My run was kind of blah at this point. My legs were dead, and I probably went out too fast. Around 3.5 miles, I told Kathy that I needed to slow down. We'd been doing about 9-minute miles, which is too fast for me for a hilly, half-marathon. She kept going and I slowed to about a 9:30-minute mile. She remained within eyesight for about a half-mile when we hit Whiskey Hill and I had to walk. Well, I probably didn't "have" to walk, but I did. As I said all week, I wasn't planning on pushing myself during this race. It's supposed to be one of the hardest and hilliest half-marathons in Tennessee. I didn't feel the need to kill myself running it - especially on the famous Whiskey Hill. And let me tell you, this hill is no joke.

Going up! Gotta love a hill with a steep switchback! 

This doesn't do the steepness justice. It was crazy.

   Whiskey Hill felt like it lasted forever. It was pretty much a mile long. When I saw that switchback, I audibly said "Oh crap. You have got to be kidding me." Even walking, my legs were dying - especially my calves. If you do this race in the future - respect this hill and train for it. 
   Once I got to the top and had a bit of water, I started feeling good for the first time of the race. It probably had to do with the fact that I knew the hardest part of the race, Whiskey Hill, was behind me. I felt strong and started thinking that maybe I'd push myself a bit... That feeling lasted less than a mile when I hit Whiskey Hill's smaller, but no less bitchy, sibling. We turned a corner and I swear the road went straight up. I almost started laughing - you know like you do when you're delirious and haven't had enough sleep. But, what can you do? I just put one foot in front of the other and ran up the stupid thing. And yes, I ran it. It was more of a shuffle-run because I'm not sure how you run up something that steep, but I tried.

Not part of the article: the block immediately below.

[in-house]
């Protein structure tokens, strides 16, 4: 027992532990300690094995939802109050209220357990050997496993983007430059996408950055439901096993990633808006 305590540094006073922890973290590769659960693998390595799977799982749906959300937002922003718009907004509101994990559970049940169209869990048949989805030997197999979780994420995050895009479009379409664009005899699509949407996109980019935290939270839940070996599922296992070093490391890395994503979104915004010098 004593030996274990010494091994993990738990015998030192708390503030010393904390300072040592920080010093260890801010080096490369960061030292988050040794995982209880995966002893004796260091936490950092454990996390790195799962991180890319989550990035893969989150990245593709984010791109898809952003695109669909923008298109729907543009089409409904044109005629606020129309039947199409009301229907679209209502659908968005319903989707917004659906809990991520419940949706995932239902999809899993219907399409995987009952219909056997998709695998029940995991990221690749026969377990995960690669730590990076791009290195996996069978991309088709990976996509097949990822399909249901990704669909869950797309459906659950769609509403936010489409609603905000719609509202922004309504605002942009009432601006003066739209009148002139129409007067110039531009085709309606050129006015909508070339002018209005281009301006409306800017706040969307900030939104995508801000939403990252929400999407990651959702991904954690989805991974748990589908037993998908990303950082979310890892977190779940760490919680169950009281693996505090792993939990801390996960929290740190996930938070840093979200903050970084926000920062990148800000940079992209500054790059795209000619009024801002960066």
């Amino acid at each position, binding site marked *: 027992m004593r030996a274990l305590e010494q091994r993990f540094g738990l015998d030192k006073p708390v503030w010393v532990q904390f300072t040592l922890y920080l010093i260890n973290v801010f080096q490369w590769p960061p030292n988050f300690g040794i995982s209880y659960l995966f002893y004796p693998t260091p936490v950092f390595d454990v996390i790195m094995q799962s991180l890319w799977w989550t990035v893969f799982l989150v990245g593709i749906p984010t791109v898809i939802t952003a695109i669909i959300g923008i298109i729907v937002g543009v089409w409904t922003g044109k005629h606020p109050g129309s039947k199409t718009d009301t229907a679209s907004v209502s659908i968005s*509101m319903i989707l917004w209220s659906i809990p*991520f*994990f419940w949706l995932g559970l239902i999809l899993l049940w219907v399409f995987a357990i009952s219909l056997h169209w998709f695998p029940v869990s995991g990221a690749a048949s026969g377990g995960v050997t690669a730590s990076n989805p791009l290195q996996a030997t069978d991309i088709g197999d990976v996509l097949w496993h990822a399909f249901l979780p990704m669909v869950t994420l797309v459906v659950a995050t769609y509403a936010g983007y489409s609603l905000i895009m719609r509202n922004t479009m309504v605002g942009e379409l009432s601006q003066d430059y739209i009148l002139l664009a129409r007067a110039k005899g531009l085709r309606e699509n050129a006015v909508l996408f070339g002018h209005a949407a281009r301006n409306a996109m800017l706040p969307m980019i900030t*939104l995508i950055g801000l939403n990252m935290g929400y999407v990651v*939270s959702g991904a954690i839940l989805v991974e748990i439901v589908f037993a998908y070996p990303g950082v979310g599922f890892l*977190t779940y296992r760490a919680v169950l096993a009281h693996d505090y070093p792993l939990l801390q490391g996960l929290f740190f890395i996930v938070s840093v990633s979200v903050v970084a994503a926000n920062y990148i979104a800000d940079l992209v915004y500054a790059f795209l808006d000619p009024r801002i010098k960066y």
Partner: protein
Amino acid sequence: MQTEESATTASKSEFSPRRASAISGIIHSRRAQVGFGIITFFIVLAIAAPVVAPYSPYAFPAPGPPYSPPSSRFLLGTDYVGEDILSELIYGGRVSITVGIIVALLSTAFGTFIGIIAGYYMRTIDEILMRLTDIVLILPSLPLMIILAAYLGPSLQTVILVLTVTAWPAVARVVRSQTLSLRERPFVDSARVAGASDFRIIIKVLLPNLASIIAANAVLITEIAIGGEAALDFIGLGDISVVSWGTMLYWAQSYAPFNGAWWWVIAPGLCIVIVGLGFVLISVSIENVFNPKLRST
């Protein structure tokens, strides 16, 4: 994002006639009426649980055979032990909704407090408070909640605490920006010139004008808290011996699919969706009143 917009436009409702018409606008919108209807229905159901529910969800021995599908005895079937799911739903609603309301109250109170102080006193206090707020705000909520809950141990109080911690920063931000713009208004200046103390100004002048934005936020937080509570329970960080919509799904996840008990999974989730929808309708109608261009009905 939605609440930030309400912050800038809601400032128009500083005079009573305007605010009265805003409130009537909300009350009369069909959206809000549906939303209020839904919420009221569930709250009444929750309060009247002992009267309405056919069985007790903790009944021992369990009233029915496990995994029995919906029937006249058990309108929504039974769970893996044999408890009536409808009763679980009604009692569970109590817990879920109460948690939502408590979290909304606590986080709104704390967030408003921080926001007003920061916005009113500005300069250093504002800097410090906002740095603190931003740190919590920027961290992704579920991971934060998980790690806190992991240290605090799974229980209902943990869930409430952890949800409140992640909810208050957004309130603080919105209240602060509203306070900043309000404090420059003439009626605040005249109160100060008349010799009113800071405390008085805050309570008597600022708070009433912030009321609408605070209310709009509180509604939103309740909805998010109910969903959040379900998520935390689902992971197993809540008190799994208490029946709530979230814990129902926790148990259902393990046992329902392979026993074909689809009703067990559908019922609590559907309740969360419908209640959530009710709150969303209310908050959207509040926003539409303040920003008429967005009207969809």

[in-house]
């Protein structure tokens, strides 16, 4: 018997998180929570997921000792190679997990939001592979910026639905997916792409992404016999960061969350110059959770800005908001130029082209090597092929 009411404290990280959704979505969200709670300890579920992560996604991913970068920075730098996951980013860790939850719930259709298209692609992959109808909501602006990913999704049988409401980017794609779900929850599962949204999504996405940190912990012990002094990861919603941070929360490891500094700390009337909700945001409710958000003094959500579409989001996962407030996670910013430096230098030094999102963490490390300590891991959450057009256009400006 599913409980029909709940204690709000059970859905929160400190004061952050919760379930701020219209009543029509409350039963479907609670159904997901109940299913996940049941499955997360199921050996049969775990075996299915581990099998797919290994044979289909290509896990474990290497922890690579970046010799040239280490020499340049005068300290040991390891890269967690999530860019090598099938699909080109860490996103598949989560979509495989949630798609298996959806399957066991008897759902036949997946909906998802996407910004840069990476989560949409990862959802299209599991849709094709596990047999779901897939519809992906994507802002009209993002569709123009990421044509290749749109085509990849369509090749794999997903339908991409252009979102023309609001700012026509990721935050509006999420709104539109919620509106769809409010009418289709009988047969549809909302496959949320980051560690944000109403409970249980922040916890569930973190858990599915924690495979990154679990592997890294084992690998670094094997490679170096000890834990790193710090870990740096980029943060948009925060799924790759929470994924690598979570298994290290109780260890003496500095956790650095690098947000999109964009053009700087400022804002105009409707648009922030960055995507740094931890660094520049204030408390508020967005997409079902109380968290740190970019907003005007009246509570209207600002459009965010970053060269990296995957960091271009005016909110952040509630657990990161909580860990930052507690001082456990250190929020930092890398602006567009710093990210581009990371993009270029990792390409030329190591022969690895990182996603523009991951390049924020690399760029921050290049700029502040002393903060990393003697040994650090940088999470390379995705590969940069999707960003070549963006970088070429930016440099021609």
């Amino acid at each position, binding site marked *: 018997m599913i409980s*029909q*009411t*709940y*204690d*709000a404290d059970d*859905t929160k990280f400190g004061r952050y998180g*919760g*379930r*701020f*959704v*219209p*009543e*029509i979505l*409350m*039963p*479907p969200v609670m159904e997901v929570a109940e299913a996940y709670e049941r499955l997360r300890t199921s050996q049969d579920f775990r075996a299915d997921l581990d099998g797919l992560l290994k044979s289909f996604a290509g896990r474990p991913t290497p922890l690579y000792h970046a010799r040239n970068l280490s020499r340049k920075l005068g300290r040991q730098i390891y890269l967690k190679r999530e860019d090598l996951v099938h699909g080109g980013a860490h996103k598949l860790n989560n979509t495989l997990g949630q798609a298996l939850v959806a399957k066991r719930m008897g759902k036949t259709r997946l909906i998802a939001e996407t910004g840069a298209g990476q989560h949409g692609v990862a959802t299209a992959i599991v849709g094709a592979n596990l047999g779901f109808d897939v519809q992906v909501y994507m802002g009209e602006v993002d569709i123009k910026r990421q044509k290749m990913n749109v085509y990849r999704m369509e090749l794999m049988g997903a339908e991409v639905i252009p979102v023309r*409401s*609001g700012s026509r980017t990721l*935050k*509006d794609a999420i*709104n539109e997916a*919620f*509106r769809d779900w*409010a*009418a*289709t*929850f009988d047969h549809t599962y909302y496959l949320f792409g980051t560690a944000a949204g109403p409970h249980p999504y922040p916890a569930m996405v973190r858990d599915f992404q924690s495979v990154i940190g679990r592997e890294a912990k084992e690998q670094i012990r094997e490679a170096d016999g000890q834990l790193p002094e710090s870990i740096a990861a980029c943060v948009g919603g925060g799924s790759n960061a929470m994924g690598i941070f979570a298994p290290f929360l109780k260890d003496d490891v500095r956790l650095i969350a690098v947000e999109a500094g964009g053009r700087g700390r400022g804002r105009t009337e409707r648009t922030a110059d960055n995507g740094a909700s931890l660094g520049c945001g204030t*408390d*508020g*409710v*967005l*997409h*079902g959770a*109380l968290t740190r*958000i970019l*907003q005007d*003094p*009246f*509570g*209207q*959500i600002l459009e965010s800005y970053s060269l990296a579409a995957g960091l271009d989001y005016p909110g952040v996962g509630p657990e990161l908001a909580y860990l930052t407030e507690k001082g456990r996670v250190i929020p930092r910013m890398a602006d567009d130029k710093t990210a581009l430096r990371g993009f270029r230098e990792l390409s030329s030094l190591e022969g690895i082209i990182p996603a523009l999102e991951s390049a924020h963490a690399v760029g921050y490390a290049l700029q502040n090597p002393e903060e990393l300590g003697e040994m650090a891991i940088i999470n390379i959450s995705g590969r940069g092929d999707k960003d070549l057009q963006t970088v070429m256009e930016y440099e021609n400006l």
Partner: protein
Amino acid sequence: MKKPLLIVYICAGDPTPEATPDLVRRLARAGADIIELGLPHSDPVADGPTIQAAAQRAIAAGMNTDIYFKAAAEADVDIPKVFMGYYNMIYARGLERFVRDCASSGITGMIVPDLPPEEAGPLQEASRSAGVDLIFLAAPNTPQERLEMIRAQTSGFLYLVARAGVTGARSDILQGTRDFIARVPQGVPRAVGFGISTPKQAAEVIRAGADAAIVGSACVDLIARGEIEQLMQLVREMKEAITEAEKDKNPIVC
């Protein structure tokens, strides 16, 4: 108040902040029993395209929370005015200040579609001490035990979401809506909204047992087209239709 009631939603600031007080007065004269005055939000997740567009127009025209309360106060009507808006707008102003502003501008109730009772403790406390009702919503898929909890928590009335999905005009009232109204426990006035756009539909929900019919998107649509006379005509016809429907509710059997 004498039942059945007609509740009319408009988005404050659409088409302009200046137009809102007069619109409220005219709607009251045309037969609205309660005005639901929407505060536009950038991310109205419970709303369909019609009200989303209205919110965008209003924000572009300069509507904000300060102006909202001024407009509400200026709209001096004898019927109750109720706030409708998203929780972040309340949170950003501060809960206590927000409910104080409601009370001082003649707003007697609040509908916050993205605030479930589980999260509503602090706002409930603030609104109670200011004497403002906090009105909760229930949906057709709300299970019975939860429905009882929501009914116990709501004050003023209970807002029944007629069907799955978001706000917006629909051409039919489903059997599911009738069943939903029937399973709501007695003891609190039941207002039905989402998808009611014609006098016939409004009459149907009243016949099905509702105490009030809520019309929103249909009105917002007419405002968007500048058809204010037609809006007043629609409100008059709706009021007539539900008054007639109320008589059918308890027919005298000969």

It was somewhere around this time that I started looking for cool photo opps. I purposely took my phone so I could take pictures if need be. I really wanted to get one with me and a cow, or on a tractor. Unfortunately, I didn't really see any cows (only smelt them) and the only tractor I saw was about 200 yards away. It's owner was sitting on his porch watching the race go by, and I bet I could have made the tractor pic happen, but it seemed more of a hassle than what it was worth. But I did get this photo of a bunch of hay surrounded by mud. Just in case you didn't believe I was running though farm country. You're welcome.

It's a feed trough, y'all! At least, I think it is. What do I know? I grew up near DC.

   I was told that miles 9-12 were "all downhill," which would make sense since we'd been doing nothing but climbing for the first part of the race. Did we get a downhill? Sure. A bit. But no where NEAR the three-miles I was promised. THAT was disappointing. Not that it wasn't a beautiful run, and it was pretty flat for the most part - but after all of that climbing, I wanted to literally roll back down into Lynchburg. I kind of felt like that was owed to me.